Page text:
There are a lot of factors that make you and your relapsing MS unique, such as personal goals, lifestyle, and disease severity. Your personal and treatment needs can be matched to a disease-modifying therapy (DMT) that may be right for you.
Some personal needs and treatment needs to consider:
Personal goals: Do you want to travel or keep working?
Lifestyle: Are you busy with kids or have a job that’s physical?
Disease severity: Have you had a relapse you have never recovered from? Have you had new lesions?
Treatment goals: Are your goals, such as preventing relapses and new lesions, being met?
Side effects history: Have side effects gotten in the way of your daily life?
When choosing your first treatment, you’ll want to work with your healthcare provider to make sure you’re as comfortable as possible with your decision. If you’re considering changing treatment, remember your unique needs can change over time; your treatment needs can also change. It’s natural to check in and make sure that your treatment is still meeting your needs.
You work hard to manage your relapsing MS, and your treatment should work just as hard. Just the fact that you are reading this suggests that it may not be working as well as you would like.
Asking yourself these questions could help you decide what’s next:
“My previous treatment wasn’t working for me. That’s why I asked myself those important questions. The answers led to the right treatment that meets my unique needs–AUBAGIO.”
“I was looking for an effective treatment that meets my unique needs, including side effects I could manage. For me that was AUBAGIO.”
make an appointment to talk about it with your healthcare provider and ask about AUBAGIO, a once-daily pill that may help put relapsing MS in the background. To help with that conversation, take a look at our Doctor Discussion Guide.VIEW THE DOCTOR DISCUSSION GUIDE
AUBAGIO® (teriflunomide) is a prescription medicine used to treat relapsing forms of multiple sclerosis (MS), to include clinically isolated syndrome, relapsing-remitting disease, and active secondary progressive disease, in adults.
Are of childbearing potential and not using effective birth control.
It is not known if AUBAGIO passes into breast milk. Your healthcare provider can help you decide if you should take AUBAGIO or breastfeed — you should not do both at the same time.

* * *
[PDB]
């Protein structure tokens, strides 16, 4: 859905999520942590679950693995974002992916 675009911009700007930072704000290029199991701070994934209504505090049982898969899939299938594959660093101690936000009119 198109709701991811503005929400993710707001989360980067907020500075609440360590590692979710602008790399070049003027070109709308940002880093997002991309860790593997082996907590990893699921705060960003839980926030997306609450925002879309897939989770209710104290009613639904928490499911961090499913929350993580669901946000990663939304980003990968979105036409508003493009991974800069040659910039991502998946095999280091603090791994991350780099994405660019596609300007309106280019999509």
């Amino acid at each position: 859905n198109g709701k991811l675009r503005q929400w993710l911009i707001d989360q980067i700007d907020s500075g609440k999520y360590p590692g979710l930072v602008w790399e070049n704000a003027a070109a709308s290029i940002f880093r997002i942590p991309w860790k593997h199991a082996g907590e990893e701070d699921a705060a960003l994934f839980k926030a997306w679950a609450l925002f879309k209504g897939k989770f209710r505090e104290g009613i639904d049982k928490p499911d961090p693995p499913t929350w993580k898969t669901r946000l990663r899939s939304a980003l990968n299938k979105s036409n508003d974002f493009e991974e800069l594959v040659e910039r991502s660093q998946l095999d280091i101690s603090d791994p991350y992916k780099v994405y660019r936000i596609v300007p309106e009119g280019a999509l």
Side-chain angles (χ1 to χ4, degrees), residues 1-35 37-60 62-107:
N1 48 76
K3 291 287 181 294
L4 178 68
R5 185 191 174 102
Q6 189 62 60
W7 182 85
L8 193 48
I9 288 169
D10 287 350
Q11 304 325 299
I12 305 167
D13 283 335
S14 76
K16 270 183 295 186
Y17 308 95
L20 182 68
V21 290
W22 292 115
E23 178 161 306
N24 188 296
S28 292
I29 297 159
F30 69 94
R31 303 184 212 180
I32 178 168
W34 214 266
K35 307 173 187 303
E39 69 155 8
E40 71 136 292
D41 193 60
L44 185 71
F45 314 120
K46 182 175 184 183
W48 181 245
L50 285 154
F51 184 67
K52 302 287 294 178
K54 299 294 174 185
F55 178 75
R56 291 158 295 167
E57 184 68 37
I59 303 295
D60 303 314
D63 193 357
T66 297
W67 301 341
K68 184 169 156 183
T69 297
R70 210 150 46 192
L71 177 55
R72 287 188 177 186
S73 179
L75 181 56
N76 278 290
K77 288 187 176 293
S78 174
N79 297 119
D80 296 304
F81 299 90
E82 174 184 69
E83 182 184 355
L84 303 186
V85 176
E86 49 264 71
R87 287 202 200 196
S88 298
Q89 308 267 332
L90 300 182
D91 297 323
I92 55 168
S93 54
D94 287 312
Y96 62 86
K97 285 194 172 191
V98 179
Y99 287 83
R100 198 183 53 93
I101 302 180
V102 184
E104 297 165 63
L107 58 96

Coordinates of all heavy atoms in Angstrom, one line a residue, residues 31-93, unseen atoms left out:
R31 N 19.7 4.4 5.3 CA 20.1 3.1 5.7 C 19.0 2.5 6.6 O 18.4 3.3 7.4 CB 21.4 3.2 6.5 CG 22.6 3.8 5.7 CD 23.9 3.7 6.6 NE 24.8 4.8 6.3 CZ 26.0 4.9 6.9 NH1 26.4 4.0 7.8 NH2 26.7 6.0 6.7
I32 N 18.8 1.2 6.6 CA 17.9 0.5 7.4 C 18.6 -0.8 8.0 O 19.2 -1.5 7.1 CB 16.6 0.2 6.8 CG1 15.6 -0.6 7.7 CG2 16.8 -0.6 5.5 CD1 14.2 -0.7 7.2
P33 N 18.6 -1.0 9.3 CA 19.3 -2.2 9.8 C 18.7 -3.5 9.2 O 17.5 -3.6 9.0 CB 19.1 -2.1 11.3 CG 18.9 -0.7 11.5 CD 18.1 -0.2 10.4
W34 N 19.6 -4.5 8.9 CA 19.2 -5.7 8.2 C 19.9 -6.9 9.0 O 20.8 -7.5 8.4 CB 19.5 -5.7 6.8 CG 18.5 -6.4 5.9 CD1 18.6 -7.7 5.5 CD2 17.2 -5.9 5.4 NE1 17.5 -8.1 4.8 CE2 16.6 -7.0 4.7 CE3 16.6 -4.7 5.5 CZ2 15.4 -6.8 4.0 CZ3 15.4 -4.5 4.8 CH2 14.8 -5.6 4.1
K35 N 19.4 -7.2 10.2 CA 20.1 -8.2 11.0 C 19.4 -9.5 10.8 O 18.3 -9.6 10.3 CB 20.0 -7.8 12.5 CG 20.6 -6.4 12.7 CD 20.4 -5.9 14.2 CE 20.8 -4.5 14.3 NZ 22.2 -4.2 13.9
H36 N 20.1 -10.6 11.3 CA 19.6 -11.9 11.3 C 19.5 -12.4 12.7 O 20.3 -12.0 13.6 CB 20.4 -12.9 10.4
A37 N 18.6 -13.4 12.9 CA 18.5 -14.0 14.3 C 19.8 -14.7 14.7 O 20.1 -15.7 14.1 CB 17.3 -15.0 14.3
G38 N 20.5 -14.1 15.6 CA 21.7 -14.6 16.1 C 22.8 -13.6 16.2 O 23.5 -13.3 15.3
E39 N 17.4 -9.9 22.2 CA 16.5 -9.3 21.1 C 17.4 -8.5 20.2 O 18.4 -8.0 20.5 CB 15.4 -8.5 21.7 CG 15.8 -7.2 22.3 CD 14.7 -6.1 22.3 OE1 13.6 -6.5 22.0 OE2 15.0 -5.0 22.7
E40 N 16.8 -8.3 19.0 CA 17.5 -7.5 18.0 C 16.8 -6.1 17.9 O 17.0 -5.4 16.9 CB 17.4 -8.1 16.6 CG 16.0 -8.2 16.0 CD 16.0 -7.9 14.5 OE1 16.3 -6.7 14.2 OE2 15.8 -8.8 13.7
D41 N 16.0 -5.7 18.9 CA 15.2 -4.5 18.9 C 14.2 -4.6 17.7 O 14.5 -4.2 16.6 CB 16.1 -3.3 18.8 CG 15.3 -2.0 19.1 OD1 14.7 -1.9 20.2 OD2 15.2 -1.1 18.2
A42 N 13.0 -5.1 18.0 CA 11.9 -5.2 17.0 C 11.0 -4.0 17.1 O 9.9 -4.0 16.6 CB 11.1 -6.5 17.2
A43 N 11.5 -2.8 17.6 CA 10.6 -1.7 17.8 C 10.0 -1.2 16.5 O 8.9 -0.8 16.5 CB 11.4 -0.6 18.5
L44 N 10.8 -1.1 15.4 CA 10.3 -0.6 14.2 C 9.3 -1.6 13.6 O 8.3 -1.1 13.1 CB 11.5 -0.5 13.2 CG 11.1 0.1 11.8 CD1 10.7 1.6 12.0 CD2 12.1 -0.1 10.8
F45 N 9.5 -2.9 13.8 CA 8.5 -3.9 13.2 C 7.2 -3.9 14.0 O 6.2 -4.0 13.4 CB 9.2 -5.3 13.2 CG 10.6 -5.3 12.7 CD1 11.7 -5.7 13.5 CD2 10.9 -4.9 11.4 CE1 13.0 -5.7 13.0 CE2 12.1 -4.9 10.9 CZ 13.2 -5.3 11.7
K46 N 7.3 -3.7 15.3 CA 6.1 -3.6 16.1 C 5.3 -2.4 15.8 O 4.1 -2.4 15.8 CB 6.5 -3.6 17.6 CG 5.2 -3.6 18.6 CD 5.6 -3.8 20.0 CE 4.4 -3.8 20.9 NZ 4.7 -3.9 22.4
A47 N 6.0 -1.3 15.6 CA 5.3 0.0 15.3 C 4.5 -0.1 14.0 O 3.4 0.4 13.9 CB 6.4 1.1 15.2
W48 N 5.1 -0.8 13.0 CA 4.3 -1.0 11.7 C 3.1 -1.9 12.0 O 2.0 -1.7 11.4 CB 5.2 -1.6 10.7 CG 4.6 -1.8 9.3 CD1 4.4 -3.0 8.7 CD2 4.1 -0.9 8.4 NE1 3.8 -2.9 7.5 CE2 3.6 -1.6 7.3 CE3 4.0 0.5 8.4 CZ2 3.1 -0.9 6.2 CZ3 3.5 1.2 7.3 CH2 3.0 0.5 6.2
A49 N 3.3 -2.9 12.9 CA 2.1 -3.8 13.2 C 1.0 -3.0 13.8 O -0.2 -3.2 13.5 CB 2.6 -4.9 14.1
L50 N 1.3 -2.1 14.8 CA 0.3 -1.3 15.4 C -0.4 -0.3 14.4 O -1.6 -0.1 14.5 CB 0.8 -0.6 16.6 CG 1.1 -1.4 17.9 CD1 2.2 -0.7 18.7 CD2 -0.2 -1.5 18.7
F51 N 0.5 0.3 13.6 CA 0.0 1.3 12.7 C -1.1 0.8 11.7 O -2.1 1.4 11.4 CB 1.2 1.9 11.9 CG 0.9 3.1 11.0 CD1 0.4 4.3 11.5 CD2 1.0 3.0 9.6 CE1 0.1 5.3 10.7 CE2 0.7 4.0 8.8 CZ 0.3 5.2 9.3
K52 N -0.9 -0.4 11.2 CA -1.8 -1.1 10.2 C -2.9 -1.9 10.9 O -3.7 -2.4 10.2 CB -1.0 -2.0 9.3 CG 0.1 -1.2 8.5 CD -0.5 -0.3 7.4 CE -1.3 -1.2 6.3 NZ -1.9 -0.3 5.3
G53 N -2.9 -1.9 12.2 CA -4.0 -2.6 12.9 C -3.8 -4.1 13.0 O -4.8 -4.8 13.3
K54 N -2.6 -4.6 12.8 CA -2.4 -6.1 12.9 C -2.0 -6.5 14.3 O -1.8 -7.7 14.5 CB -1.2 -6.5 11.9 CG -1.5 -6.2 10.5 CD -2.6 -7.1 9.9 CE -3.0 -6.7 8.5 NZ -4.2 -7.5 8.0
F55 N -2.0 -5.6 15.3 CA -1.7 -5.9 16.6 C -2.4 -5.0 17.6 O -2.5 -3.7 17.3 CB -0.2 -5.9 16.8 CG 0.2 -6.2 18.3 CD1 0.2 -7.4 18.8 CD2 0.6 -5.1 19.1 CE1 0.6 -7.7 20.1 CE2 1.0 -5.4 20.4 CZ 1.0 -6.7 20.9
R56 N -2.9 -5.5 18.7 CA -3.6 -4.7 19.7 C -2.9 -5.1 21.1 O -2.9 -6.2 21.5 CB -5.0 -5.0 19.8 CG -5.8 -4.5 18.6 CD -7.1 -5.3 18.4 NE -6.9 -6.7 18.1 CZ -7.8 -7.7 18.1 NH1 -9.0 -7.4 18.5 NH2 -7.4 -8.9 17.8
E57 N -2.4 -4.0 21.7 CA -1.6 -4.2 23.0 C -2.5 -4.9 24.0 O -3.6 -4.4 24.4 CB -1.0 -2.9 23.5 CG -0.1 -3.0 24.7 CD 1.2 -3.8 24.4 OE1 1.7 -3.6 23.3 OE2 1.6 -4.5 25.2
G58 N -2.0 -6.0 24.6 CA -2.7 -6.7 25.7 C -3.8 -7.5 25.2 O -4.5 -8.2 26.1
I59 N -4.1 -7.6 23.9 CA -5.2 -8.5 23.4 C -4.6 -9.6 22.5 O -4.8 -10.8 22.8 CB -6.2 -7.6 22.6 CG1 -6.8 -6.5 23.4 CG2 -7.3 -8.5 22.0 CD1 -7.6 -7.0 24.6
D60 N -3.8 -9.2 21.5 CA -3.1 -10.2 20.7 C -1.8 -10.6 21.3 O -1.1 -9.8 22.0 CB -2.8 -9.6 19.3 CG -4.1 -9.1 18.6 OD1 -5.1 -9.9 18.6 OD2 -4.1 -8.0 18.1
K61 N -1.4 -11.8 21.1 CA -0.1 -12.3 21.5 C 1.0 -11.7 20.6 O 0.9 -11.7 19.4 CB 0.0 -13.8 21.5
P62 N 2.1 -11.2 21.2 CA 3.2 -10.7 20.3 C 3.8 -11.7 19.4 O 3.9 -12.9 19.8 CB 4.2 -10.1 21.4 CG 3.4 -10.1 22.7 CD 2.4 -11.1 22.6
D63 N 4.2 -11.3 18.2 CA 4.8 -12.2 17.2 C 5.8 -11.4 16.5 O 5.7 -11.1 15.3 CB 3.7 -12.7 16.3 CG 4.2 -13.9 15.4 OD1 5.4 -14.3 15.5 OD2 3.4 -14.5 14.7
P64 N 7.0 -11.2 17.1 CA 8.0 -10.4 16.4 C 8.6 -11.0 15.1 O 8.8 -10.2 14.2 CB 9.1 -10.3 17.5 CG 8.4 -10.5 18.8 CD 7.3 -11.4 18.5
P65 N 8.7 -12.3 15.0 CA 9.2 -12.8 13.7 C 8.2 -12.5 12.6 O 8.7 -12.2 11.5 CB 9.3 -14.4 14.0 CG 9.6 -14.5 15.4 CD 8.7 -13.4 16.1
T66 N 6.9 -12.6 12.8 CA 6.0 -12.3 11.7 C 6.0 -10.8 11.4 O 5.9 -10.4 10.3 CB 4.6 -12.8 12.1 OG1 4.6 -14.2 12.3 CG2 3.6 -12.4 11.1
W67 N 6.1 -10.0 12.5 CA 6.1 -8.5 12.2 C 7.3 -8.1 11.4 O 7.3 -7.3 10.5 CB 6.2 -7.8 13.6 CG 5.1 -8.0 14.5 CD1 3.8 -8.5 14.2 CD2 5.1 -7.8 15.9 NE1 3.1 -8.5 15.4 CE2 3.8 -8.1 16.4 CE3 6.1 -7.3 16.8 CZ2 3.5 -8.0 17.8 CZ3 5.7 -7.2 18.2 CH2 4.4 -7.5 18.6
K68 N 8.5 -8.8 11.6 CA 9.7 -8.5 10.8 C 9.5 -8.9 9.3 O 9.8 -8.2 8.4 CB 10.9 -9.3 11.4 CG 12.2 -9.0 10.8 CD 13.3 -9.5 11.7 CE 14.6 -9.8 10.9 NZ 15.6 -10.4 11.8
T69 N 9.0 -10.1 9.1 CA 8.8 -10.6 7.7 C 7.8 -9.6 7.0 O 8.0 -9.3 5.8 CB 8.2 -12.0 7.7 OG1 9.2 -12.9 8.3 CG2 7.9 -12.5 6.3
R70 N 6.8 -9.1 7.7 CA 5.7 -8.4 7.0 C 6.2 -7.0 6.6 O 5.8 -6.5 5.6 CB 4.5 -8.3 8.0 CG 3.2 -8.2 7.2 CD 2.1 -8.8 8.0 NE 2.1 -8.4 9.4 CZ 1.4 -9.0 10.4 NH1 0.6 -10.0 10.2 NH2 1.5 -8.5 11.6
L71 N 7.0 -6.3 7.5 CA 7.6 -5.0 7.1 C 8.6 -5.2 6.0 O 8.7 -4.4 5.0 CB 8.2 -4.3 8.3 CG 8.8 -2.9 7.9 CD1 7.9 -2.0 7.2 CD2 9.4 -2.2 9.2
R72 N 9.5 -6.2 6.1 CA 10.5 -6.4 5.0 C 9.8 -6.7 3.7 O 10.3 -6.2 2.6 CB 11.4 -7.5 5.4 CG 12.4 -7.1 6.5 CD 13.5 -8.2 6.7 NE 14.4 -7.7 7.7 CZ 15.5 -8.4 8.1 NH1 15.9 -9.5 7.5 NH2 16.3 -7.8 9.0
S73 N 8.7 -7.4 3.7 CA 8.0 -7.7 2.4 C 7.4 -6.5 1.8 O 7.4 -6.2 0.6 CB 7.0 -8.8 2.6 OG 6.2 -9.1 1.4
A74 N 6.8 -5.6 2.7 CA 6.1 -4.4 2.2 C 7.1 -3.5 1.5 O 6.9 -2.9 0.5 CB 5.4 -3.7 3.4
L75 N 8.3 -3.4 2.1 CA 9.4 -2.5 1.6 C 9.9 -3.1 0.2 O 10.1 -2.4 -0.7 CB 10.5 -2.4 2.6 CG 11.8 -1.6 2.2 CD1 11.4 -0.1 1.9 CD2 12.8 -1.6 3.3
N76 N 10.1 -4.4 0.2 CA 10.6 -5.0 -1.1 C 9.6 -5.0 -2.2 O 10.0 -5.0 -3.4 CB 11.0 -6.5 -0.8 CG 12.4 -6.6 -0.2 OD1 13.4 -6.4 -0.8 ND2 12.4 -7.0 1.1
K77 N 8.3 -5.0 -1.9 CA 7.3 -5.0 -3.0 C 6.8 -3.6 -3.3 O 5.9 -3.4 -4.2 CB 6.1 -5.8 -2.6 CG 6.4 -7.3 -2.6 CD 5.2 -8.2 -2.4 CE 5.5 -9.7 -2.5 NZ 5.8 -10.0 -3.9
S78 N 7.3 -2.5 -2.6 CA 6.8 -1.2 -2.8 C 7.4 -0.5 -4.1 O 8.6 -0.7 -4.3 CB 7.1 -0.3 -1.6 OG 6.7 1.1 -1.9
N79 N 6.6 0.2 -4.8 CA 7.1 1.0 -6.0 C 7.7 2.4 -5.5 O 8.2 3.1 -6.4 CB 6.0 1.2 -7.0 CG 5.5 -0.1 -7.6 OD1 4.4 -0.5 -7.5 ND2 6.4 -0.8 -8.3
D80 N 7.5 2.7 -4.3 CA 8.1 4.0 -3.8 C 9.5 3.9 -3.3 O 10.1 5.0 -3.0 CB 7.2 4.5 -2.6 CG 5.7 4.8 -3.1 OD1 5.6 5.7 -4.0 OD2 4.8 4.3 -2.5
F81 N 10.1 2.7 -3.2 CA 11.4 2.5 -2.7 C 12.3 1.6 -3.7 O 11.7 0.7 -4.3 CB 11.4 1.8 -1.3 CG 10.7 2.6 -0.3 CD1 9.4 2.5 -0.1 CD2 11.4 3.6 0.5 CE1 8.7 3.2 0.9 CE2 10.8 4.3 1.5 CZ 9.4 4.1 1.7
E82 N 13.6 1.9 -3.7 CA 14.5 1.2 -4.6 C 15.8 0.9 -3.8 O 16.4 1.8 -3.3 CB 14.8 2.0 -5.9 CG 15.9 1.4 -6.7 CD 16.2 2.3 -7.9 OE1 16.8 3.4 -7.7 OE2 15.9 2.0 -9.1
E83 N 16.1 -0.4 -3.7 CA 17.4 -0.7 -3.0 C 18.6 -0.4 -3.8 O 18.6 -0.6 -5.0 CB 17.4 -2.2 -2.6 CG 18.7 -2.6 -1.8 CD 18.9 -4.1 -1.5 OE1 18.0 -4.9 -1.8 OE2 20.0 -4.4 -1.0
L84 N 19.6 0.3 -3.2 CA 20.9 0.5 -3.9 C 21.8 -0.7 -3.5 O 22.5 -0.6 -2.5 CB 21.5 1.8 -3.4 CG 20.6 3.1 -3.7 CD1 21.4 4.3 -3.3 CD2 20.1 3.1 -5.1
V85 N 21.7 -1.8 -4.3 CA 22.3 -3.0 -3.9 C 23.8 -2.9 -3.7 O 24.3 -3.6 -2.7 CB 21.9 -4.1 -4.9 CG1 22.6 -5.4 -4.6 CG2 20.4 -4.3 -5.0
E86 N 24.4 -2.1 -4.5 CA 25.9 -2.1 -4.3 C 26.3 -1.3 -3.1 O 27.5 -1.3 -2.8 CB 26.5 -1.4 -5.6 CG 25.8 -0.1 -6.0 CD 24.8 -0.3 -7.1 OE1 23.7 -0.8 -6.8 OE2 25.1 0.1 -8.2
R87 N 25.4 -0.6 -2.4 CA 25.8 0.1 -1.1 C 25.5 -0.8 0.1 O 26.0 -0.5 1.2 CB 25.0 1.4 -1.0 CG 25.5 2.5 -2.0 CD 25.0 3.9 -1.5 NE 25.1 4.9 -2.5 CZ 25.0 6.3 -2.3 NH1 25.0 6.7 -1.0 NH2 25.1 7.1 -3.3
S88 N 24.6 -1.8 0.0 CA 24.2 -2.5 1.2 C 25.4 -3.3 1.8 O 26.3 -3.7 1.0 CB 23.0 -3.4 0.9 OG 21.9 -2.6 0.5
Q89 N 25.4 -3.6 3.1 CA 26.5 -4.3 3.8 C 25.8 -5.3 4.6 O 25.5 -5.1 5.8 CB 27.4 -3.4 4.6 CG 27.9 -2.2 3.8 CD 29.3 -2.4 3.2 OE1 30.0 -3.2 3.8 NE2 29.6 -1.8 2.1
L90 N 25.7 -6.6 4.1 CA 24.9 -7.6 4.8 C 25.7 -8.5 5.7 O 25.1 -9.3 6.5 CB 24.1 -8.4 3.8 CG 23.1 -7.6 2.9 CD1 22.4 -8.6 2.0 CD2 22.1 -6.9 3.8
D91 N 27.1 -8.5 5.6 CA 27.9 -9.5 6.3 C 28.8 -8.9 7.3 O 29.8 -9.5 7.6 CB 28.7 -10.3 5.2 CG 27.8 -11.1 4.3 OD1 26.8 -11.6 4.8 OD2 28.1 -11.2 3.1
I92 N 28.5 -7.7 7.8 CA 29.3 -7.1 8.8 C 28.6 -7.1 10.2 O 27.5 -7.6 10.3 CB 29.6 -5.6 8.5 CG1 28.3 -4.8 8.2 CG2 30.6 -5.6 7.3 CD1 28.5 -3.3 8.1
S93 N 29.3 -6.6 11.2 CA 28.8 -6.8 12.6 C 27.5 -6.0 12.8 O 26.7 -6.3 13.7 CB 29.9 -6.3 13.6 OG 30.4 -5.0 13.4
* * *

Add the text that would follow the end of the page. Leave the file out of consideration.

If you are a man whose partner plans to become pregnant, you should stop taking AUBAGIO and talk with your healthcare provider about reducing the levels of AUBAGIO in your blood. If your partner does not plan to become pregnant, use effective birth control while taking AUBAGIO.
AUBAGIO may stay in your blood for up to 2 years after you stop taking it. Your healthcare provider can prescribe a medicine that can remove AUBAGIO from your blood quickly.
Before taking AUBAGIO, talk with your healthcare provider if you have: liver or kidney problems; a fever or infection, or if you are unable to fight infections; numbness or tingling in your hands or feet that is different from your MS symptoms; diabetes; serious skin problems when taking other medicines; breathing problems; or high blood pressure. Your healthcare provider will check your blood cell count and TB test before you start AUBAGIO. Talk with your healthcare provider if you take or are planning to take other medicines (especially medicines for treating cancer or controlling your immune system), over-the-counter medicines, vitamins or herbal supplements.
AUBAGIO may cause serious side effects. Tell your doctor if you have any of the following:
The most common side effects when taking AUBAGIO include: headache; diarrhea; nausea; hair thinning or loss; and abnormal liver test results. These are not all the side effects of AUBAGIO. Tell your healthcare provider about any side effect that bothers you.
Consult your healthcare provider if you have questions about your health or any medications you may be taking, including AUBAGIO.
IMPORTANT SAFETY INFORMATION
Do not take AUBAGIO if you have severe liver problems. AUBAGIO may cause serious liver problems, including liver failure that can be life-threatening and may require a liver transplant. View More